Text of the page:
An incident has been brought to IMCA’s attention in which someone fell overboard from a small boat. The incident occurred during the mooring of the daughter craft at a shore-side facility. A crew member leaned against the starboard boarding gate of the diving daughter craft, and the latch on the gate inadvertently opened. As the gate opened the crew member began to fall into the sea. He was able to step through the gate opening and enter the water in a controlled manner rather than falling headlong.
The alarm was immediately raised, assistance given and the crew member was recovered safely within 30 seconds of falling into the water. The crew member was wearing a floatation suit and a life jacket – which self-inflated following immersion. The crew member received no injuries, required no medical or first aid treatment and did not require re-warming. Once recovered inboard, the crew member changed into dry clothes, was issued a dry floatation suit and a replacement lifejacket. He declined a hot drink offered to him. Work was stopped, latches were tied shut and the vessel returned to port and an investigation was started.
The investigation revealed the following:
- The daughter craft was berthed overnight approximately 30 minutes passage from the worksite;
- The gate had been previously checked and the latch confirmed as closed;
- The crew member was wearing the correct Personal Protective Equipment (PPE) – floatation suit, life jacket, hard hat, glasses, gloves and boots – and was inside the barriers on the daughter craft; . The crew member was adjacent to the starboard gate, and this was designed to open outwards. The gate had previously been observed in a closed position. However, the latch had since moved into an open position and this was not observed; . At the time of the incident the daughter craft was being held steady by the Coxswain in calm weather conditions; . The crew member was recovered within 30 seconds. Once recovered, the crew member was given a change of clothes, a dry floatation suit and a replacement life jacket. Spare clothing and PPE (dry floatation suit and spare lifejacket) were all available on board; . This incident showed that there was a good response by the crew members to an emergency situation and that there was a good level of emergency facilities on board the daughter craft;
- The PPE requirements were followed and prevented injury and/or illness to the man overboard. The crew member who fell overboard was wearing a buoyancy (floatation) suit which had the capacity of 100kg. As a result, he had only the bottom half of his body submerged and did not inhale any water or require re-warming;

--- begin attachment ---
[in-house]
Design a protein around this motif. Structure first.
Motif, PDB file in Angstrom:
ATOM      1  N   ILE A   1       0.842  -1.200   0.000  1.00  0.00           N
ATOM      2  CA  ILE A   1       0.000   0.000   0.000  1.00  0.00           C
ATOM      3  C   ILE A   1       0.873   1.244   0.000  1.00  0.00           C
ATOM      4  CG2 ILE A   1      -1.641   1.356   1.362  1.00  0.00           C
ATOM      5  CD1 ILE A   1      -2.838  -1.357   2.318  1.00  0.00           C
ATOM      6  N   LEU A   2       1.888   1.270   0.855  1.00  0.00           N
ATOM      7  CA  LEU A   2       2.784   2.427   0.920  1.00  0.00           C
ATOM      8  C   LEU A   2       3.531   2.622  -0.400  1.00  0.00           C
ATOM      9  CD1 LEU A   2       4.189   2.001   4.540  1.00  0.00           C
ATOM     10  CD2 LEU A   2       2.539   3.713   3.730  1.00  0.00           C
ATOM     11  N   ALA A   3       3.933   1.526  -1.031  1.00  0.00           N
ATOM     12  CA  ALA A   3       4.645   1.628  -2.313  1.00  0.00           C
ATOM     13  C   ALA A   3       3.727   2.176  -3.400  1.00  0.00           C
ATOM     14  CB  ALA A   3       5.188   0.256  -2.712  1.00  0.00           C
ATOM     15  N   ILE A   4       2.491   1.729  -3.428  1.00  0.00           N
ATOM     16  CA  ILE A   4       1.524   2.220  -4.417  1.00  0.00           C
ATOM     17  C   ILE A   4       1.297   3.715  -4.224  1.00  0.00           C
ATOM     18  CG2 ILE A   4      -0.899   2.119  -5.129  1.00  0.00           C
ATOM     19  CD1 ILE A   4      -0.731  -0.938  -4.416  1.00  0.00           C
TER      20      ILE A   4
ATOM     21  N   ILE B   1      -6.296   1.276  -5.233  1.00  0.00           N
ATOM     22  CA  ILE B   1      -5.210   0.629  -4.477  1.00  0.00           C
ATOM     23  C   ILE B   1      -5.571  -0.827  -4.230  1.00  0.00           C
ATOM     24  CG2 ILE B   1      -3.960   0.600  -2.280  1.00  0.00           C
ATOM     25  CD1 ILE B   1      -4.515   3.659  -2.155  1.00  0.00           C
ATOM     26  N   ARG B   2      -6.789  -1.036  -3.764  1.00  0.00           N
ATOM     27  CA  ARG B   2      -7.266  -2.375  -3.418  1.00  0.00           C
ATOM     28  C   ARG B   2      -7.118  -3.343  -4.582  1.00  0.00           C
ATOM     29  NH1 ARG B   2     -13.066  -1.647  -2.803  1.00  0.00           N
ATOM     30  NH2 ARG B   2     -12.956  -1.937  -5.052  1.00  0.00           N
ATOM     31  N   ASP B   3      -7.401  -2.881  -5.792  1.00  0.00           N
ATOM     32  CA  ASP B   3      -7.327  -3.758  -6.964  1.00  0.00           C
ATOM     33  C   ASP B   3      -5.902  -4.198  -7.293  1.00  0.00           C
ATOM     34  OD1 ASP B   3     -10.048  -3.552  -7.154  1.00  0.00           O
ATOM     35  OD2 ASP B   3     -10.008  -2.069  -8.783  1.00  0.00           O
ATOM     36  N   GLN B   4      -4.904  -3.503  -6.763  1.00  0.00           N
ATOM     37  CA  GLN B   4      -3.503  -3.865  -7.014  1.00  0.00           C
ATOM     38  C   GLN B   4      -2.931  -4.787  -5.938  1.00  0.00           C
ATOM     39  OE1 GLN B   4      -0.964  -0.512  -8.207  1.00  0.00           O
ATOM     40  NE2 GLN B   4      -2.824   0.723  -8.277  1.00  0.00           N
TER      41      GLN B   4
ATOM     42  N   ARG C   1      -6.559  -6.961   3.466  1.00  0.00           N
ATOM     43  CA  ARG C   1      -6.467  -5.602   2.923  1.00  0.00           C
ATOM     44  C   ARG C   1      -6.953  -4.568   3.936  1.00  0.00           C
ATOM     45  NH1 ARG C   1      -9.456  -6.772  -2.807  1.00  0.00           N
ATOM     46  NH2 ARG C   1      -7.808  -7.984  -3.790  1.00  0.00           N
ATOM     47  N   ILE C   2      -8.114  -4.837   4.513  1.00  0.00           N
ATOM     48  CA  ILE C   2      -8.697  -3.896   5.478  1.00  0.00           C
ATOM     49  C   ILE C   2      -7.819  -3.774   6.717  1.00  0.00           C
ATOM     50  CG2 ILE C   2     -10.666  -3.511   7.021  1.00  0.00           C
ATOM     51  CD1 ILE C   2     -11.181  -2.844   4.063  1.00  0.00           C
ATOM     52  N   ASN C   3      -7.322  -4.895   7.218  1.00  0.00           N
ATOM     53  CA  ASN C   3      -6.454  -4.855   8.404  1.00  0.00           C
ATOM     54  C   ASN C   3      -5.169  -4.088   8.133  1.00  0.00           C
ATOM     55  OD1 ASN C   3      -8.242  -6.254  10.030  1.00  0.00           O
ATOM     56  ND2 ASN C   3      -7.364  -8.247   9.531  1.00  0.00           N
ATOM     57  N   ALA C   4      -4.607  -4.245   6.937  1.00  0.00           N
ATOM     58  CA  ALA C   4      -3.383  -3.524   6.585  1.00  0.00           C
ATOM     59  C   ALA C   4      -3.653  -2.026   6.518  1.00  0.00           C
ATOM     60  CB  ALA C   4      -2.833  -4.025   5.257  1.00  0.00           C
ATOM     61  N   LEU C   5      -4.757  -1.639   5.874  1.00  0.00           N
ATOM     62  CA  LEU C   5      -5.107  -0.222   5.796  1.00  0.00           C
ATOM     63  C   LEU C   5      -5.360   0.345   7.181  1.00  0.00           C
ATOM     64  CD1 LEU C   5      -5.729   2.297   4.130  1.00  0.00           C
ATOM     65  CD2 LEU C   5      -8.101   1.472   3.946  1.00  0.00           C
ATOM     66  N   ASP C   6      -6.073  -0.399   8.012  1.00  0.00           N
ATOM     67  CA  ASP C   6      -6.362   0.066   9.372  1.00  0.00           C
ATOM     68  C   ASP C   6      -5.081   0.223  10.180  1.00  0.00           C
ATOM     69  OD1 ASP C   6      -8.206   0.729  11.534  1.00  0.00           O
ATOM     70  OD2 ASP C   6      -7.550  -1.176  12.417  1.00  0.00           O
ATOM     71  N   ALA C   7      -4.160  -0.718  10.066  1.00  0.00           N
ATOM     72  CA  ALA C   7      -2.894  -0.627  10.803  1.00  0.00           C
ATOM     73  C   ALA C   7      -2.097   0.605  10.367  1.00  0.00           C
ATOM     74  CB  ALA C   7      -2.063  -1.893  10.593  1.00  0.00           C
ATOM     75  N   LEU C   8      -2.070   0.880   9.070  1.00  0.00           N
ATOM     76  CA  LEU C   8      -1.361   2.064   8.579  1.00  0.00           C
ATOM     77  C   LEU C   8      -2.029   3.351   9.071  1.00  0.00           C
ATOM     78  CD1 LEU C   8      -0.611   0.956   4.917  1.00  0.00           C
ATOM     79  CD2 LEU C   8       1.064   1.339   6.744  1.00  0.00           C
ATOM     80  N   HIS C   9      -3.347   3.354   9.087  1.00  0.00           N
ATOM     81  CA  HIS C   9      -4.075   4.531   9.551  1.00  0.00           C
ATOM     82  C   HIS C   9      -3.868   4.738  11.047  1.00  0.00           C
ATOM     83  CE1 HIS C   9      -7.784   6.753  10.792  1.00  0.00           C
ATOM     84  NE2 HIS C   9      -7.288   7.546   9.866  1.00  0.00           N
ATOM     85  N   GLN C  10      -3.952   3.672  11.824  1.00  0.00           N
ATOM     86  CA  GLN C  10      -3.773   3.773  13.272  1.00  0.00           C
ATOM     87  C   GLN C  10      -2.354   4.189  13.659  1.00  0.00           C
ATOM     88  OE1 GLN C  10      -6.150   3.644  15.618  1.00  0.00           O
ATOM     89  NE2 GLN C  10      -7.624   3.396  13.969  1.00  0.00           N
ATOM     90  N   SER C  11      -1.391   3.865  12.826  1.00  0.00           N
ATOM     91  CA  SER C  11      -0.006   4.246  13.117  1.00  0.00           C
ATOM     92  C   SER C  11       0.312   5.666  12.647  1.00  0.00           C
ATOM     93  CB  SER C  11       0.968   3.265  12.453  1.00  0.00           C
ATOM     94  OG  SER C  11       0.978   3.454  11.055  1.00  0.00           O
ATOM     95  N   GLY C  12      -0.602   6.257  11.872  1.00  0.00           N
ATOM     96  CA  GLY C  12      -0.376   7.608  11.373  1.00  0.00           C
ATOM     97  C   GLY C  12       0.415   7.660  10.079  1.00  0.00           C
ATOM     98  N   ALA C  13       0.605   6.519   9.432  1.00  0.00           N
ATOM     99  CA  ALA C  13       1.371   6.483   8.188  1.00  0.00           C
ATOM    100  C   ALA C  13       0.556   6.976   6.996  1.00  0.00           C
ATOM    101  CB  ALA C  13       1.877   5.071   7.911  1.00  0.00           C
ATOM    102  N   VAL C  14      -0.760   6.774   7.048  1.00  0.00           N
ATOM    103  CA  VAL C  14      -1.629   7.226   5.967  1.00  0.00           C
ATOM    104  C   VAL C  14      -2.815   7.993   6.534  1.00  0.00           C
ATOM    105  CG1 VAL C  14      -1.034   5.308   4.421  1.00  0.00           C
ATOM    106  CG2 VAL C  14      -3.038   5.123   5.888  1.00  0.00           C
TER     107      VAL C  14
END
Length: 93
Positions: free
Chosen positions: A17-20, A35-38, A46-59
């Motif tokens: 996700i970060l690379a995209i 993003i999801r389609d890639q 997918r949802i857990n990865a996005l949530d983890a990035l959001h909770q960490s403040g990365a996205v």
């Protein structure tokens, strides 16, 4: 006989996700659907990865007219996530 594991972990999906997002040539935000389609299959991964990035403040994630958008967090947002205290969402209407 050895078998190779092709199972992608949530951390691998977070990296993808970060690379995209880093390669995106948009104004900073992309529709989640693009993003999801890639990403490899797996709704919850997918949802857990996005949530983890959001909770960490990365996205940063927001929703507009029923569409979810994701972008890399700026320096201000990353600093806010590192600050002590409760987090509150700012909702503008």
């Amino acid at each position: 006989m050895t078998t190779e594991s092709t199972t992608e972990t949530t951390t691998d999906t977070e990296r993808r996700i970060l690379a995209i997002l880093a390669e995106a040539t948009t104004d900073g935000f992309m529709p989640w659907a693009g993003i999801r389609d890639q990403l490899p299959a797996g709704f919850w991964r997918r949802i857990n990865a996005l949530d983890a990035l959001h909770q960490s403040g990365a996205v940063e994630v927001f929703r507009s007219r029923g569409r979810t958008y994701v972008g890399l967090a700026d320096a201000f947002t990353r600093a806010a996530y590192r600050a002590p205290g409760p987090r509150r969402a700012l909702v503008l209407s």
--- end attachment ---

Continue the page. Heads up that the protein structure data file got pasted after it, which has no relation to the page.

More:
- General familiarisation training for this daughter craft was given to all crew members. However, the specific reference to checking the boarding gates was not included; . Immediate cause: . The crew member leaned against an unsecured boarding gate which opened allowing said crew member to pass through and enter the water; . Underlying factors: . There was a mechanism failure in the latch of the boarding gate . There was no fail-safe or positive locking mechanism on the gate latches . A missing washer reduced friction on the latching mechanism. This allowed vibrations during transit to and from berth to worksite to cause the latch to raise and the gate to open in an uncontrolled manner . The positioning of the crew member adjacent to the starboard boarding gate.
The following root causes were identified:
- Inadequate latch design:
- There was no secondary protection for the latch
- Owing to a manufacturing fault, the latch very easily opened by vibration, snagging or lightly brushing against it
- The gate opened outwards
- The washer mechanism in the latch on the starboard gate was damaged/loose making the latch handle move from side to side, increasing probability of vibration;
- Positioning of crew members adjacent to the boarding gate:
- The crew member wasn’t aware of the risk of the latch opening
- The risk of the gate opening was not defined in the project hazard inspection and risk analysis, nor in the task based risk assessments or the vessel familiarisation training;
- Inadequate assessment of potential latch failure:
- There was no awareness of the risk of the latch opening
- The vessel was of a brand new build and design
- The vessel had recently been audited and an independent risk assessment of the vessel was undertaken – none of these audits had identified this design fault.
The following actions were taken:
- A temporary secondary mechanism was fitted to both the port and starboard gates (the latches were tied shut during transit) – these were latched and tested for security, to allow vessel operations to restart. A more permanent method of fail-safe locking was engineered and installed;
- A defect report was submitted to the original equipment manufacturer and a safety bulletin was issued advising personnel of the situation, and corrective actions were taken to avoid future recurrence;
- The vessel briefing was also amended to include a requirement for checks on the secondary locking mechanism before departure from the vessel’s berth/mother vessel.
The following recommendations were made:
- The circulation of a bulletin to ensure lessons learnt;
- Consideration to installing a grab rail or a rope on the outside of the daughter craft for a crew member to grab onto in the event of a man overboard situation;
- Consideration to adding a flat plate so that the gate cannot be opened outwards – instead opening inwards and mitigating the risk of the latch failing, the gate opening outwards and another man overboard incident as a result of leaning on the gate;
- The latch-on safety line, or similar running around the daughter craft, should be extended from its current position just aft of midships to a position level with the back deck. This would enable personnel to immediately latch onto the safety line before leaving the back deck.